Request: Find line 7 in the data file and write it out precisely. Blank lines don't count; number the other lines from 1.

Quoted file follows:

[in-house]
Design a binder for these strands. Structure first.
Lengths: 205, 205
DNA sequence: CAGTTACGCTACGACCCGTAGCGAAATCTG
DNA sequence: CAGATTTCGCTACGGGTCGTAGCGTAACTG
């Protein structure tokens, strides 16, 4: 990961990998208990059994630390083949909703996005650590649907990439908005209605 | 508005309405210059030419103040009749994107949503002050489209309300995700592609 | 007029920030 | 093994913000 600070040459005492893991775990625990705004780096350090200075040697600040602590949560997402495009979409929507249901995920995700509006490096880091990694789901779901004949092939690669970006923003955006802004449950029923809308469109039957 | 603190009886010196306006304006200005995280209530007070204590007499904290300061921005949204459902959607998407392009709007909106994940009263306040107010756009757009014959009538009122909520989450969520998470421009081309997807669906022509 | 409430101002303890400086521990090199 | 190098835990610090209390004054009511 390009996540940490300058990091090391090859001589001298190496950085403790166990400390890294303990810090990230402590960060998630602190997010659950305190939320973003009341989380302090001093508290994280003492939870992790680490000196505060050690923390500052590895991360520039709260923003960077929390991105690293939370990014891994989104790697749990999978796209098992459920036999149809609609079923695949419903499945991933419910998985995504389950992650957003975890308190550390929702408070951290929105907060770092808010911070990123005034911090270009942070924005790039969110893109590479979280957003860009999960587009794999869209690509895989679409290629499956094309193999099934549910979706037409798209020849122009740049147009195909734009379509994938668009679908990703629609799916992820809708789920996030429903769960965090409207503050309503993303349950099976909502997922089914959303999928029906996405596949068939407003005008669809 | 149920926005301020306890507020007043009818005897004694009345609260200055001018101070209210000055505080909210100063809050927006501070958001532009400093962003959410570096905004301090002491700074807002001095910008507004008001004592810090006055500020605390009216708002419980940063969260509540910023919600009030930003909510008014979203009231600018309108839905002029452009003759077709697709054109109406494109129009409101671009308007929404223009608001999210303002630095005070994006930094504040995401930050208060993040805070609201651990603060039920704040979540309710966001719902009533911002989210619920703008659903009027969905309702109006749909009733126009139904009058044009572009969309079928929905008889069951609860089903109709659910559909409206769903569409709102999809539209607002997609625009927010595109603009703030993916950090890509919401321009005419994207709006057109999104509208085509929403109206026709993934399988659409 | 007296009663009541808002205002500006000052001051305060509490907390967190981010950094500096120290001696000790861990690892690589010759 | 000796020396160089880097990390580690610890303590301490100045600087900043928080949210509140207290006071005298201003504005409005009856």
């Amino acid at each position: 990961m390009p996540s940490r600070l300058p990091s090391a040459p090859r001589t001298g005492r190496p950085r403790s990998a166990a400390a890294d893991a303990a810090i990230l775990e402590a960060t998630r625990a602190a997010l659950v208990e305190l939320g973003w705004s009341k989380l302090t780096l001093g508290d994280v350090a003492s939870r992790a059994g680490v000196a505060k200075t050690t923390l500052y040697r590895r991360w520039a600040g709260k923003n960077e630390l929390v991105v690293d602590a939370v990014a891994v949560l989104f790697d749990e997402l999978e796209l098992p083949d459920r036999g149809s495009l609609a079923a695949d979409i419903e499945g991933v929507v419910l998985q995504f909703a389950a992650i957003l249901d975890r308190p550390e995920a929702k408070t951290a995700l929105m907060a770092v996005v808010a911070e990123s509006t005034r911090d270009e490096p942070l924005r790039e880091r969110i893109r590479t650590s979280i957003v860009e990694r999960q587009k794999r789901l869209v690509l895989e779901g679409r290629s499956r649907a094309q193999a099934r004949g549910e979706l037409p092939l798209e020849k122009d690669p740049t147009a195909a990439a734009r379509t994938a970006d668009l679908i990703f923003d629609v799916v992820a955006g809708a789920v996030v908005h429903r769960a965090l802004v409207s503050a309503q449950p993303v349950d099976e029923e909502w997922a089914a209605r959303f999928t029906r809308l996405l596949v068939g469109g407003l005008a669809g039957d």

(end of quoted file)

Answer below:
């Amino acid at each position: 990961m390009p996540s940490r600070l300058p990091s090391a040459p090859r001589t001298g005492r190496p950085r403790s990998a166990a400390a890294d893991a303990a810090i990230l775990e402590a960060t998630r625990a602190a997010l659950v208990e305190l939320g973003w705004s009341k989380l302090t780096l001093g508290d994280v350090a003492s939870r992790a059994g680490v000196a505060k200075t050690t923390l500052y040697r590895r991360w520039a600040g709260k923003n960077e630390l929390v991105v690293d602590a939370v990014a891994v949560l989104f790697d749990e997402l999978e796209l098992p083949d459920r036999g149809s495009l609609a079923a695949d979409i419903e499945g991933v929507v419910l998985q995504f909703a389950a992650i957003l249901d975890r308190p550390e995920a929702k408070t951290a995700l929105m907060a770092v996005v808010a911070e990123s509006t005034r911090d270009e490096p942070l924005r790039e880091r969110i893109r590479t650590s979280i957003v860009e990694r999960q587009k794999r789901l869209v690509l895989e779901g679409r290629s499956r649907a094309q193999a099934r004949g549910e979706l037409p092939l798209e020849k122009d690669p740049t147009a195909a990439a734009r379509t994938a970006d668009l679908i990703f923003d629609v799916v992820a955006g809708a789920v996030v908005h429903r769960a965090l802004v409207s503050a309503q449950p993303v349950d099976e029923e909502w997922a089914a209605r959303f999928t029906r809308l996405l596949v068939g469109g407003l005008a669809g039957d």